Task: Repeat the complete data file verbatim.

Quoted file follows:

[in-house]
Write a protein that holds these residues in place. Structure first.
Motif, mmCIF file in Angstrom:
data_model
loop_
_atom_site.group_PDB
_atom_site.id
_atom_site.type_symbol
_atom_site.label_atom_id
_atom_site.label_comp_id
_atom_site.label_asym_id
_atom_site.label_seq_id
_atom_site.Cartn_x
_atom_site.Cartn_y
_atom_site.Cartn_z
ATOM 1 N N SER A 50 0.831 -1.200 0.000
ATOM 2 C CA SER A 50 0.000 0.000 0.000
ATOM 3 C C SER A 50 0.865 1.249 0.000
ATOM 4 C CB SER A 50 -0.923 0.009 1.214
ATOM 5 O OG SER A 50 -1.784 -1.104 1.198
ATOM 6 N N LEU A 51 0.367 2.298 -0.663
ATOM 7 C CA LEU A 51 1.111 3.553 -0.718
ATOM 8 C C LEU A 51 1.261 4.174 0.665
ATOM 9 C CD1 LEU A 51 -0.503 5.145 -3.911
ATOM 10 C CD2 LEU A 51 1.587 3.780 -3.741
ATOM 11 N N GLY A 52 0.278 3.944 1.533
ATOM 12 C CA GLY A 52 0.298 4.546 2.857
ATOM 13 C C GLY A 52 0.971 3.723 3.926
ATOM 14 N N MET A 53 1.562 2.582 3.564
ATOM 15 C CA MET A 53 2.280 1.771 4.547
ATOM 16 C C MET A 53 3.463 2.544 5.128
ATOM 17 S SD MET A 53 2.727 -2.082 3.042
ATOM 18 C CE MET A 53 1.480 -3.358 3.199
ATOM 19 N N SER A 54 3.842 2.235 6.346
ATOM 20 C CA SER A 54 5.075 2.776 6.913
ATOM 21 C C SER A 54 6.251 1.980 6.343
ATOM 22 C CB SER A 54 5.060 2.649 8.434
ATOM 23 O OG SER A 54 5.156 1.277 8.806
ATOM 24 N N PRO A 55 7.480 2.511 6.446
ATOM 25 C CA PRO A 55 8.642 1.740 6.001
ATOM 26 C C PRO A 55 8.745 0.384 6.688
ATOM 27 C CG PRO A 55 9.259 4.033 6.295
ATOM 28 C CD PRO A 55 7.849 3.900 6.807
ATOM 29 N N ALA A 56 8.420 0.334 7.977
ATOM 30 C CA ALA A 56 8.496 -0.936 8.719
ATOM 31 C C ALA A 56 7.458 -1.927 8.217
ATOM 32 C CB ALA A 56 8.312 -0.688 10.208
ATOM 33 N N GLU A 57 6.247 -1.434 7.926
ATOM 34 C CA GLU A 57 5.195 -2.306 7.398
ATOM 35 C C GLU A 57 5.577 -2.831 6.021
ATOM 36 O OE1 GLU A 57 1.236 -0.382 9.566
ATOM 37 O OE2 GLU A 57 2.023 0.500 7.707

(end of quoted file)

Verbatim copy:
[in-house]
Write a protein that holds these residues in place. Structure first.
Motif, mmCIF file in Angstrom:
data_model
loop_
_atom_site.group_PDB
_atom_site.id
_atom_site.type_symbol
_atom_site.label_atom_id
_atom_site.label_comp_id
_atom_site.label_asym_id
_atom_site.label_seq_id
_atom_site.Cartn_x
_atom_site.Cartn_y
_atom_site.Cartn_z
ATOM 1 N N SER A 50 0.831 -1.200 0.000
ATOM 2 C CA SER A 50 0.000 0.000 0.000
ATOM 3 C C SER A 50 0.865 1.249 0.000
ATOM 4 C CB SER A 50 -0.923 0.009 1.214
ATOM 5 O OG SER A 50 -1.784 -1.104 1.198
ATOM 6 N N LEU A 51 0.367 2.298 -0.663
ATOM 7 C CA LEU A 51 1.111 3.553 -0.718
ATOM 8 C C LEU A 51 1.261 4.174 0.665
ATOM 9 C CD1 LEU A 51 -0.503 5.145 -3.911
ATOM 10 C CD2 LEU A 51 1.587 3.780 -3.741
ATOM 11 N N GLY A 52 0.278 3.944 1.533
ATOM 12 C CA GLY A 52 0.298 4.546 2.857
ATOM 13 C C GLY A 52 0.971 3.723 3.926
ATOM 14 N N MET A 53 1.562 2.582 3.564
ATOM 15 C CA MET A 53 2.280 1.771 4.547
ATOM 16 C C MET A 53 3.463 2.544 5.128
ATOM 17 S SD MET A 53 2.727 -2.082 3.042
ATOM 18 C CE MET A 53 1.480 -3.358 3.199
ATOM 19 N N SER A 54 3.842 2.235 6.346
ATOM 20 C CA SER A 54 5.075 2.776 6.913
ATOM 21 C C SER A 54 6.251 1.980 6.343
ATOM 22 C CB SER A 54 5.060 2.649 8.434
ATOM 23 O OG SER A 54 5.156 1.277 8.806
ATOM 24 N N PRO A 55 7.480 2.511 6.446
ATOM 25 C CA PRO A 55 8.642 1.740 6.001
ATOM 26 C C PRO A 55 8.745 0.384 6.688
ATOM 27 C CG PRO A 55 9.259 4.033 6.295
ATOM 28 C CD PRO A 55 7.849 3.900 6.807
ATOM 29 N N ALA A 56 8.420 0.334 7.977
ATOM 30 C CA ALA A 56 8.496 -0.936 8.719
ATOM 31 C C ALA A 56 7.458 -1.927 8.217
ATOM 32 C CB ALA A 56 8.312 -0.688 10.208
ATOM 33 N N GLU A 57 6.247 -1.434 7.926
ATOM 34 C CA GLU A 57 5.195 -2.306 7.398
ATOM 35 C C GLU A 57 5.577 -2.831 6.021
ATOM 36 O OE1 GLU A 57 1.236 -0.382 9.566
ATOM 37 O OE2 GLU A 57 2.023 0.500 7.707